Perito Moreno glacier

El Calafate Travel Blog

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In the last few days I´ve moved a long way south from Puerto Madryn.

On Friday, before the big push south, I took a bus down to Trelew and then onto Gaiman. The latter is the most welsh of the towns settled by the welsh communities who left the homeland to safeguard their language. It was originally a typical barren patagonian landscape of shrubs and the odd guanaco (from the llama family), but they introduced trees and greenery and now you might think you were in Wales if you couldn´t see the outer edges of town.

I was surprised that a) I wasn´t the only tourist and b) the tourists, apart from one I overheard speaking, weren´t even welsh or british but american and french!

Gaiman is most famous for tea houses, to serve their traditional afternoon teas.

Perito Moreno glacier
I went to a place called Plas y Coed, which served a very generous portion of cakes and tea. There is also a place on the other side of the river, in very spectacular gardens, where one Diana, Princess of Wales, once made an appearance.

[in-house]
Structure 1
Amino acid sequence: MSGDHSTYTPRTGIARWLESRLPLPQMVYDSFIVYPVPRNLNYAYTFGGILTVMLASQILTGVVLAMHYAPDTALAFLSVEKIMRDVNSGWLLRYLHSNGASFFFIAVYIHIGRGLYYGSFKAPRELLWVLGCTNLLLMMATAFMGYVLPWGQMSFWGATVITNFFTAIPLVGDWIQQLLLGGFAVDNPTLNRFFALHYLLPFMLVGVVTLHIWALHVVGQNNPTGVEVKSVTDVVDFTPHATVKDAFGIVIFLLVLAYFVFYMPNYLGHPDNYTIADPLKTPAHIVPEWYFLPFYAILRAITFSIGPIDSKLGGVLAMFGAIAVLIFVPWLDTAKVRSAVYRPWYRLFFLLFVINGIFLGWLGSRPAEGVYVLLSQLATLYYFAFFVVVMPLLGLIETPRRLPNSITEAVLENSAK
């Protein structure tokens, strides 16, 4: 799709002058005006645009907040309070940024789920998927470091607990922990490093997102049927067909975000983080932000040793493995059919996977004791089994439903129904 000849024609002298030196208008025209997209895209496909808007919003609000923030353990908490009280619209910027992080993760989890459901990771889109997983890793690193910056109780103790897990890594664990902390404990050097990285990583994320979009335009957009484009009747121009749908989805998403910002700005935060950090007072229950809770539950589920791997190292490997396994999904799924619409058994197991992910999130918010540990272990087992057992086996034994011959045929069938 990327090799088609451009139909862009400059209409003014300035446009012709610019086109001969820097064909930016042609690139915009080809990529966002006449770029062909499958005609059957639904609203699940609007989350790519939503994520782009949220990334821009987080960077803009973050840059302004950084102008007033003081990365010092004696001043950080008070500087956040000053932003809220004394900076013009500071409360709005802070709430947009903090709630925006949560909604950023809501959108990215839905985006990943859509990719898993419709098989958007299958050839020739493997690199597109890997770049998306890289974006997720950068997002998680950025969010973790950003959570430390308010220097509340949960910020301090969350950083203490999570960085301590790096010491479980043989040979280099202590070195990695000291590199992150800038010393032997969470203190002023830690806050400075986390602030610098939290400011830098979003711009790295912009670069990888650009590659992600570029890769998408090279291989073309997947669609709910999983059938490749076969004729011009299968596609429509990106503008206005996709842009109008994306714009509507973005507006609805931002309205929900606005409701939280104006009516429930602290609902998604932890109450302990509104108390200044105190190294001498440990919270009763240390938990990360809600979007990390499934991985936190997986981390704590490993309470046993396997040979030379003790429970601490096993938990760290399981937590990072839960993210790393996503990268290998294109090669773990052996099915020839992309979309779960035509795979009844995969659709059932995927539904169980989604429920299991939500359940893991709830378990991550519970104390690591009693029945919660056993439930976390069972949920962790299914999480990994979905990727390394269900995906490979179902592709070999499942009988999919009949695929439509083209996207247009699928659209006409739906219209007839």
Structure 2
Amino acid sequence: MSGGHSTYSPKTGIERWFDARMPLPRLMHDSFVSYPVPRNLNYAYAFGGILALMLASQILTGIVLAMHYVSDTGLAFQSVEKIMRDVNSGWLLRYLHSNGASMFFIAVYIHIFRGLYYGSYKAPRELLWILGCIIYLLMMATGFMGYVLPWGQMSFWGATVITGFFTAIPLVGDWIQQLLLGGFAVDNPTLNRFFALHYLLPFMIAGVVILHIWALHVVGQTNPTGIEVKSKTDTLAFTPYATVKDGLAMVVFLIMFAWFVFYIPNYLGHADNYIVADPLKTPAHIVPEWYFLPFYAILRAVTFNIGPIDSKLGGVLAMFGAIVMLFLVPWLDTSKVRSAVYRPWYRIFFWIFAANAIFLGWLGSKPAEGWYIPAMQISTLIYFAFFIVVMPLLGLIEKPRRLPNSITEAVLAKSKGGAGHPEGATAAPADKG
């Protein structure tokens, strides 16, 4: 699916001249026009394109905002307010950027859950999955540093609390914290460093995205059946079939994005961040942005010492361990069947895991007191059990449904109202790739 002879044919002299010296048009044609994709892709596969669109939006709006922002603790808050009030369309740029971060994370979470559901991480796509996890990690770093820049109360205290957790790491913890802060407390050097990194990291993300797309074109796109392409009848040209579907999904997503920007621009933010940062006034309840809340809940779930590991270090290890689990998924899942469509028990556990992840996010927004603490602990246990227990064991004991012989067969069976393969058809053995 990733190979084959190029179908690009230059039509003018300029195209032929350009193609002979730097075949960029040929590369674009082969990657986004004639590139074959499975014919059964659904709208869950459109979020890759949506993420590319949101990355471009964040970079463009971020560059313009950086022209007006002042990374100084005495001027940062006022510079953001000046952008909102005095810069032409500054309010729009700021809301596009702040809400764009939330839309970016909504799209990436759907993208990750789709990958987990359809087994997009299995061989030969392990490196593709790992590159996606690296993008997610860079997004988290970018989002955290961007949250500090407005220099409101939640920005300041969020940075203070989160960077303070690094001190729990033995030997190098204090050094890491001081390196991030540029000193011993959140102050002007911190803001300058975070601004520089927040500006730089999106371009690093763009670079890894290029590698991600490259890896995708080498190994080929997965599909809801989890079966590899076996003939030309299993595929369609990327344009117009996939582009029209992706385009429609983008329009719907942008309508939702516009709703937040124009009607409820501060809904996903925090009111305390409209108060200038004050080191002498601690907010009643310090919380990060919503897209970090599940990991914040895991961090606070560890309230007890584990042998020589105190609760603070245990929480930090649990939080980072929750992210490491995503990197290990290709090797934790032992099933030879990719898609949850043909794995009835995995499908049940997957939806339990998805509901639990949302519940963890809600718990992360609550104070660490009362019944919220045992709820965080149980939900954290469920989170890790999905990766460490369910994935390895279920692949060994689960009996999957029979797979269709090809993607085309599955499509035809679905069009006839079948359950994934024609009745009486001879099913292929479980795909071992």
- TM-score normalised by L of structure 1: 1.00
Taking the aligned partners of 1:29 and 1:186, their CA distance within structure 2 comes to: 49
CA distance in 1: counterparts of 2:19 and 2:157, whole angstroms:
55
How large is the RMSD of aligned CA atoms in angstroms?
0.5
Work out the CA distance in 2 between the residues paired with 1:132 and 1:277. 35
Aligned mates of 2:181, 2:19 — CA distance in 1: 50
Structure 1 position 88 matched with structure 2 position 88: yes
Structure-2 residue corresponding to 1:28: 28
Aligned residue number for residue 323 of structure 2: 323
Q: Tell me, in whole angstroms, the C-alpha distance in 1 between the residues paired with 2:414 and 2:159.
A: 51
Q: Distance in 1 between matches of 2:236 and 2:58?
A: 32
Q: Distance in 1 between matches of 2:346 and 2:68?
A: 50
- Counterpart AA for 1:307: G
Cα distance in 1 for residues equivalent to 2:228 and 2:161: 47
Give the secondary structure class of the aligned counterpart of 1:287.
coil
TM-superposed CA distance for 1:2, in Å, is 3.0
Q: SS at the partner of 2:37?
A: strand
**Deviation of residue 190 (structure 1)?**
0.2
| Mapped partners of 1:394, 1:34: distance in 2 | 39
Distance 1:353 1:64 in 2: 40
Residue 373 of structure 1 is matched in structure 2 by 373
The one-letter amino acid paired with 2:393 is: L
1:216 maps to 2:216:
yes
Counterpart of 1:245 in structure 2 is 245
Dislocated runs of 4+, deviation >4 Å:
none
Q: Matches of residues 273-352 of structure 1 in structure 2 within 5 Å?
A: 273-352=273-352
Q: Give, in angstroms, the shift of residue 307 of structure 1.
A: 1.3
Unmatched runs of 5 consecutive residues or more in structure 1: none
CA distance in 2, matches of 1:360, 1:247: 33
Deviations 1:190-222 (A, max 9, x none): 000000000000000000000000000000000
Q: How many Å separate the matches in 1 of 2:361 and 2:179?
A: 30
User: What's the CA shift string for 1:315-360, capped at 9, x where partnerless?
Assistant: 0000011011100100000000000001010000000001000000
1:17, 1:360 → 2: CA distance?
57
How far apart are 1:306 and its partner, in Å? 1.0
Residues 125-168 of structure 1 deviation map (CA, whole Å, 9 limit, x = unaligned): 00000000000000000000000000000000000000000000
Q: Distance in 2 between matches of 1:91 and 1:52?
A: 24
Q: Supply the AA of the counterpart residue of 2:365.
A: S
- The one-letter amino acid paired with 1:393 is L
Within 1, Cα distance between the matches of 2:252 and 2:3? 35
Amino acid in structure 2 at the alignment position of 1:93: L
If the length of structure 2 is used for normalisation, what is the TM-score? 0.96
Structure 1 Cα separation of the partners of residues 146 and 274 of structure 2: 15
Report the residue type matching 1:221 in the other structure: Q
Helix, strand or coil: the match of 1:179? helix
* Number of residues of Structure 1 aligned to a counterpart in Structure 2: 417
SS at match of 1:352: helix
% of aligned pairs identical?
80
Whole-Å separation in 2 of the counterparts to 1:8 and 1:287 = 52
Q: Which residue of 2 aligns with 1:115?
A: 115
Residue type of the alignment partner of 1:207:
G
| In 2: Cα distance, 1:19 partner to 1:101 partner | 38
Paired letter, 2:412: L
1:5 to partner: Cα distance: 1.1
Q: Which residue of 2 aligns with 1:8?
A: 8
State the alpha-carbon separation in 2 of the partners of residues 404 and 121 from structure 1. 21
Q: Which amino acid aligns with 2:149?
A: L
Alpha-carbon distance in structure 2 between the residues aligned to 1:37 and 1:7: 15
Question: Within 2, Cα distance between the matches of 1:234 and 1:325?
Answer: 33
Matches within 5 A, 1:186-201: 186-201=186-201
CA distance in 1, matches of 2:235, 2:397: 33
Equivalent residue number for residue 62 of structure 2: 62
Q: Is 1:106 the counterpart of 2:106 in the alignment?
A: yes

After I got back from Gaiman to Trelew and had a butchers around town, I got on the bus to Rio Gallegos for 18 hours. Not the longest bus journey so far, that was Pto. Iguazu to Cordoba. In Rio Gallegos I got the next bus to El Calafate.

The reason almost everyone comes to El Calafate is for the Parque Nacional Los Glaciares and the most accessible is Perito Moreno glacier. I took a boat trip to the northern face of the glacier and then the walking tour along trails that overlook it and also go down to the face that touches the land. It´s really awe-inspiring to look at, plus the thunder and cracking noises that come from within are both unsettling and exciting because you hope you might see a major fall of ice from the glacier. I was lucky enough to see that from afar.



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Perito Moreno glacier
Perito Moreno glacier
El Calafate
photo by: Vlindeke